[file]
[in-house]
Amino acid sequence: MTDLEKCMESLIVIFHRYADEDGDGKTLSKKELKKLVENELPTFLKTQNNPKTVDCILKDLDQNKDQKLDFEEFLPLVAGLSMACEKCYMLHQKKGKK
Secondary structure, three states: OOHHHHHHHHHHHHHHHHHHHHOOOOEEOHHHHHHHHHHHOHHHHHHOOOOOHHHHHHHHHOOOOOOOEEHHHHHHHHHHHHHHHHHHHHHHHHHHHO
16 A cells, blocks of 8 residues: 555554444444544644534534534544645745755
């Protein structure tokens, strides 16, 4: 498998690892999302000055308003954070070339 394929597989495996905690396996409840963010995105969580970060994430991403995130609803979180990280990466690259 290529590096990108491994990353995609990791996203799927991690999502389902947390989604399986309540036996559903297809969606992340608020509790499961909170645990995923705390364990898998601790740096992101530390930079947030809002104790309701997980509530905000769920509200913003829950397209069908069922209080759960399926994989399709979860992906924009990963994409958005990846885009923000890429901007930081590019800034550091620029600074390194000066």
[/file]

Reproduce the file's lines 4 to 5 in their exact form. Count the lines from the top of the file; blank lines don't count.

16 A cells, blocks of 8 residues: 555554444444544644534534534544645745755
């Protein structure tokens, strides 16, 4: 498998690892999302000055308003954070070339 394929597989495996905690396996409840963010995105969580970060994430991403995130609803979180990280990466690259 290529590096990108491994990353995609990791996203799927991690999502389902947390989604399986309540036996559903297809969606992340608020509790499961909170645990995923705390364990898998601790740096992101530390930079947030809002104790309701997980509530905000769920509200913003829950397209069908069922209080759960399926994989399709979860992906924009990963994409958005990846885009923000890429901007930081590019800034550091620029600074390194000066």